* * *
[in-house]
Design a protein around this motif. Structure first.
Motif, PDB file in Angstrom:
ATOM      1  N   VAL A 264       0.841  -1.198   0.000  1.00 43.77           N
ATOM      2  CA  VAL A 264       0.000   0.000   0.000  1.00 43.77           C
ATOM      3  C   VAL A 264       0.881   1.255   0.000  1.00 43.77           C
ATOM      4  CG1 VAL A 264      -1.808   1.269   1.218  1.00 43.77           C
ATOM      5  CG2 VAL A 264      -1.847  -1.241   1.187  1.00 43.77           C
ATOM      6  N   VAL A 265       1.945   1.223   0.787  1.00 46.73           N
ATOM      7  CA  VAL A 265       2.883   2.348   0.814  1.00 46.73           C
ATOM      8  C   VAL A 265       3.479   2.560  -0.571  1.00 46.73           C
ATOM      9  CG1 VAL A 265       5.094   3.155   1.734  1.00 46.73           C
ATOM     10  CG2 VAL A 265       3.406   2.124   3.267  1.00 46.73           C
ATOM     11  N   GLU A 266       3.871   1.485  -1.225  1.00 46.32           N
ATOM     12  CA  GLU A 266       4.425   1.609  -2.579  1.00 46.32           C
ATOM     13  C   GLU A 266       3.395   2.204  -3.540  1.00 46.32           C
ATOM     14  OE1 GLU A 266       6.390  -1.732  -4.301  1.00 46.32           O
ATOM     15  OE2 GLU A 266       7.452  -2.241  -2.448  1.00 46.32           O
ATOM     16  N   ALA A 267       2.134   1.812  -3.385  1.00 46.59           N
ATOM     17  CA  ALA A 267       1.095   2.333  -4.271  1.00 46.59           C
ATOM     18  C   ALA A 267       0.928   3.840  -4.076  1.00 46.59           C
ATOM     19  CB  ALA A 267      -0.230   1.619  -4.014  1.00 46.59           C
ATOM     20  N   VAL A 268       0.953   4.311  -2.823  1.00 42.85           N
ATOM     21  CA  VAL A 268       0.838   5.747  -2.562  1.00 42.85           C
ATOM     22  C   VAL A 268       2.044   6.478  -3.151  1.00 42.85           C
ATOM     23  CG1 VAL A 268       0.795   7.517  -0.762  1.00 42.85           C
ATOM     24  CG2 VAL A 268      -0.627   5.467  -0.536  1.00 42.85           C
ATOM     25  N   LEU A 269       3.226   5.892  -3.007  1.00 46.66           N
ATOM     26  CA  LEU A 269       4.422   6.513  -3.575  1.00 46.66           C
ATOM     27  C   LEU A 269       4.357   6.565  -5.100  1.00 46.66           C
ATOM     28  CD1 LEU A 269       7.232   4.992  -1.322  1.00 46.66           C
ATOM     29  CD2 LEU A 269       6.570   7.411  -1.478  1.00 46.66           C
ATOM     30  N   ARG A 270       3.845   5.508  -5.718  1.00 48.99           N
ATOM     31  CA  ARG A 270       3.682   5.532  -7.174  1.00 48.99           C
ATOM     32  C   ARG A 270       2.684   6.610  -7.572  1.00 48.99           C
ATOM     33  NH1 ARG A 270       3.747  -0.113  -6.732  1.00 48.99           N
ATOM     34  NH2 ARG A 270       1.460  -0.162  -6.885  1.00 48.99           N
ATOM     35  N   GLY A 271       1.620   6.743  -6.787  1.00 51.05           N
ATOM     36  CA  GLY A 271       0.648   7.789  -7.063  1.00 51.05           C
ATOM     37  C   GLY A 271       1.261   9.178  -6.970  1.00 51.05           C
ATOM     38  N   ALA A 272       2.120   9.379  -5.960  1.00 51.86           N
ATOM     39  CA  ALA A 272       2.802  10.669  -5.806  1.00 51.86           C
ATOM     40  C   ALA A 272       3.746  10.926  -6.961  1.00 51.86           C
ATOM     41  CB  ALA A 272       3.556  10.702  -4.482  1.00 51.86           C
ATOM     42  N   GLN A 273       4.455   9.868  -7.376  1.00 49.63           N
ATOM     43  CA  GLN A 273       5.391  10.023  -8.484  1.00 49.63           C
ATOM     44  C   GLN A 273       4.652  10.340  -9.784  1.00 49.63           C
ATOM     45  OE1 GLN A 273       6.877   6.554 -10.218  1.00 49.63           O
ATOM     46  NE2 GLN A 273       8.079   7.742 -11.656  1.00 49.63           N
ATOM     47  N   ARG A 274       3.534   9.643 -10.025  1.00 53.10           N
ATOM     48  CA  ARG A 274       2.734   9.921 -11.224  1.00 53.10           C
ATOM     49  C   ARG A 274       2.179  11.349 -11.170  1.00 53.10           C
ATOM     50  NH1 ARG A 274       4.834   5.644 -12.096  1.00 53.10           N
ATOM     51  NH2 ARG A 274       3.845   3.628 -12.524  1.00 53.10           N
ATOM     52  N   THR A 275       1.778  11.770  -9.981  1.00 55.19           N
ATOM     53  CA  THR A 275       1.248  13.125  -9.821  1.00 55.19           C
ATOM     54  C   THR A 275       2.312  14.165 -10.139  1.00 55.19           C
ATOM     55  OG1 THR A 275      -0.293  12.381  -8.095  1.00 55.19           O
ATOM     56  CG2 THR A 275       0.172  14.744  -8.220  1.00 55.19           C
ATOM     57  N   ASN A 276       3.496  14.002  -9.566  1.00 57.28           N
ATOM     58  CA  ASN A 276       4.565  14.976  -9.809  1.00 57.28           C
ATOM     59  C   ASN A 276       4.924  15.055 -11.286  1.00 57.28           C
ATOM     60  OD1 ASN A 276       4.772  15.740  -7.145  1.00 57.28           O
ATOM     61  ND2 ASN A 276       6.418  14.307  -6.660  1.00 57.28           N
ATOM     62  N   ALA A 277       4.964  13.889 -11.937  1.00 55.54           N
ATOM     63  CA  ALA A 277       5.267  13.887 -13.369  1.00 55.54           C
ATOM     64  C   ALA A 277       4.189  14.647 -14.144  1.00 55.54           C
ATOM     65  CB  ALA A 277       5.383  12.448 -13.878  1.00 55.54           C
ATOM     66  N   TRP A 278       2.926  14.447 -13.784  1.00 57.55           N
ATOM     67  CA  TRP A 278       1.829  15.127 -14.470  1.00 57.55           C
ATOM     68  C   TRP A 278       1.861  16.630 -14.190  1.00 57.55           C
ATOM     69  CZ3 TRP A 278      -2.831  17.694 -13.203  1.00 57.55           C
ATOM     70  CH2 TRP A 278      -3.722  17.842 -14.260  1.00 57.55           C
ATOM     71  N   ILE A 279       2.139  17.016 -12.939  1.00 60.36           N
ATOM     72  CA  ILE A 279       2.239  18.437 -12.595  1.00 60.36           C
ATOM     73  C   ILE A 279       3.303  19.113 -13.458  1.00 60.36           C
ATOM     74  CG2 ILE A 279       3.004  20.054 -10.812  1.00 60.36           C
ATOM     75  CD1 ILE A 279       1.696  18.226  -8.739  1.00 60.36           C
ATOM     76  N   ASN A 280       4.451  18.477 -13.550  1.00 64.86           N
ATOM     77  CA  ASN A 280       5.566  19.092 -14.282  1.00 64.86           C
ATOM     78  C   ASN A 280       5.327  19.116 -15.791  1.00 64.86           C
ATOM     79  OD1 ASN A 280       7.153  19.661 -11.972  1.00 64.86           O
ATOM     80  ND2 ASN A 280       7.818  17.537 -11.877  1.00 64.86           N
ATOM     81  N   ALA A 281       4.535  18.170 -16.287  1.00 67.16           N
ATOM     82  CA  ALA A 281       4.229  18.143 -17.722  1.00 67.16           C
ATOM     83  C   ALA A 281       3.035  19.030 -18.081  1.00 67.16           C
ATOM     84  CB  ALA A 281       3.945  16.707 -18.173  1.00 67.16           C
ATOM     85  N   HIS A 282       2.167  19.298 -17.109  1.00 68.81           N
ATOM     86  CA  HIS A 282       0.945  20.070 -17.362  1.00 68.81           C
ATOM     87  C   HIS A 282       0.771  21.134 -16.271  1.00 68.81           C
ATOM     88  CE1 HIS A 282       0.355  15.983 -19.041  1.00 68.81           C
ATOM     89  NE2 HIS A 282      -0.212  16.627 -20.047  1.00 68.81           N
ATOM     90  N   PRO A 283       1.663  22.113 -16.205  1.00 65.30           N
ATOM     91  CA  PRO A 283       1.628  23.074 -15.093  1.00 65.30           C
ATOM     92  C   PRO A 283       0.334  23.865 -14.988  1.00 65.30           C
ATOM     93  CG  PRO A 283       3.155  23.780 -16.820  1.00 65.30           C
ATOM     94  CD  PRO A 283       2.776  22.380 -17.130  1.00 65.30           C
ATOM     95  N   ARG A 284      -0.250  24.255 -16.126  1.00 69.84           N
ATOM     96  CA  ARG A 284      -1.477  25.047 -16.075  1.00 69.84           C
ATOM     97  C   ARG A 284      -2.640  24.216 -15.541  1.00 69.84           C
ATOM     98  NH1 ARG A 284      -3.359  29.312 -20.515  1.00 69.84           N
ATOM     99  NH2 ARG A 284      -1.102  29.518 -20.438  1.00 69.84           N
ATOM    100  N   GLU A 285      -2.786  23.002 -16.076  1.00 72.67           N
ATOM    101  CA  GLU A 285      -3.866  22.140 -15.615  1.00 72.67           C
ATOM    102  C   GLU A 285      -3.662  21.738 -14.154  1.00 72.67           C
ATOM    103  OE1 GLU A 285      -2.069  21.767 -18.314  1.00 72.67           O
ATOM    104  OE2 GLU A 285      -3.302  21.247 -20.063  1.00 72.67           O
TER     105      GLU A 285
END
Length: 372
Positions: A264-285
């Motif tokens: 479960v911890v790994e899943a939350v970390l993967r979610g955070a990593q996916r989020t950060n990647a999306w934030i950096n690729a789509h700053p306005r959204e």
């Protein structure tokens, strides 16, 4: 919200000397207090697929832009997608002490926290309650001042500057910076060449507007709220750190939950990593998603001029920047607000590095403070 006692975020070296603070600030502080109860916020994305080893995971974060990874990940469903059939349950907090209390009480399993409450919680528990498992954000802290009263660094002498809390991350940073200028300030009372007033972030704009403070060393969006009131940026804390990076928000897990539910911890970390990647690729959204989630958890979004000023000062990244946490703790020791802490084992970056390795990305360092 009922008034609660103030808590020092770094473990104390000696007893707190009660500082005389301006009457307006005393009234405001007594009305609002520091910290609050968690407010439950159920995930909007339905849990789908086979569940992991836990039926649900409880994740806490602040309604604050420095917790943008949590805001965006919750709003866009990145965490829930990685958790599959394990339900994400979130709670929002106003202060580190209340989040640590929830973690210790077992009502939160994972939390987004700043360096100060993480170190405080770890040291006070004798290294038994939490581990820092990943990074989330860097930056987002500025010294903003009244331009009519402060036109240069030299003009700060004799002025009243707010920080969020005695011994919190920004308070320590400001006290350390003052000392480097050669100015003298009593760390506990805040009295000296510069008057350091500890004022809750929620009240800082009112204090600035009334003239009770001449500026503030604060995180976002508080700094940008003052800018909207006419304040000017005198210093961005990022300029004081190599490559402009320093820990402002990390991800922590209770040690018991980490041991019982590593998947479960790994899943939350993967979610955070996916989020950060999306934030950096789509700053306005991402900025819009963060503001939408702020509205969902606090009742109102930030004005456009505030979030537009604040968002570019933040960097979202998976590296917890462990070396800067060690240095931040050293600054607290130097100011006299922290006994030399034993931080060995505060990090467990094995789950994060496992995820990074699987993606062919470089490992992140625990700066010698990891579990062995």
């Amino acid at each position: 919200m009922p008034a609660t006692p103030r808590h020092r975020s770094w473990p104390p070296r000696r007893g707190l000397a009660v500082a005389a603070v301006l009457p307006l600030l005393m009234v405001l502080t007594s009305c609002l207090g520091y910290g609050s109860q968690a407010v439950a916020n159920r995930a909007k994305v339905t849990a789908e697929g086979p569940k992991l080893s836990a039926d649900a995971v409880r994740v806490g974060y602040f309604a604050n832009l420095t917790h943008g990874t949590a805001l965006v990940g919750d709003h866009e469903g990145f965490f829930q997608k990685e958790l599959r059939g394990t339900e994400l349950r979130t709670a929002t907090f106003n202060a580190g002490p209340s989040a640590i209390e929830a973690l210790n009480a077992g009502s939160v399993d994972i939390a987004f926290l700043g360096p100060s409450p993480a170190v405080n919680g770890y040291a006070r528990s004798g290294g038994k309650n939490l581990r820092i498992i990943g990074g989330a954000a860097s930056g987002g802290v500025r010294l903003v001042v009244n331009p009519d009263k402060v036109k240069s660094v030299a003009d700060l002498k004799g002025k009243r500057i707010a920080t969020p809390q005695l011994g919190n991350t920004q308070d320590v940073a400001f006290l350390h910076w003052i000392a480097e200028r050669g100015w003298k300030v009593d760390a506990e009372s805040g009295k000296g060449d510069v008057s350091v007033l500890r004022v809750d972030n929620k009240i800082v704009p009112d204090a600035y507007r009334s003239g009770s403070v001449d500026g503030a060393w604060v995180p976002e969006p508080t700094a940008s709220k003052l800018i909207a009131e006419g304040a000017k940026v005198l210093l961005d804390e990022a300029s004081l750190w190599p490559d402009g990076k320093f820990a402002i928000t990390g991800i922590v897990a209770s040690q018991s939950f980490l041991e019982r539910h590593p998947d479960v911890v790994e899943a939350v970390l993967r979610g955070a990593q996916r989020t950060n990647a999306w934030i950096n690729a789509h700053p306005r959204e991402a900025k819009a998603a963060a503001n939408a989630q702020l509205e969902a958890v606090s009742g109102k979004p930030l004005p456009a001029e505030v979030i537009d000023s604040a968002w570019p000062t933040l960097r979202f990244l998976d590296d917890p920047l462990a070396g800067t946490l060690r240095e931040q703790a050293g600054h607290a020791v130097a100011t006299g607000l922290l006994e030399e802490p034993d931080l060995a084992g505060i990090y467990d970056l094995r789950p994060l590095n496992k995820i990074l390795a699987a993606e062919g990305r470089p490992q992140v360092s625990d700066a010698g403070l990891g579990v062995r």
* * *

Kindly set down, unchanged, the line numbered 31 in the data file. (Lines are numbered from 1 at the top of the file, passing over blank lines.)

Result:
ATOM     28  CD1 LEU A 269       7.232   4.992  -1.322  1.00 46.66           C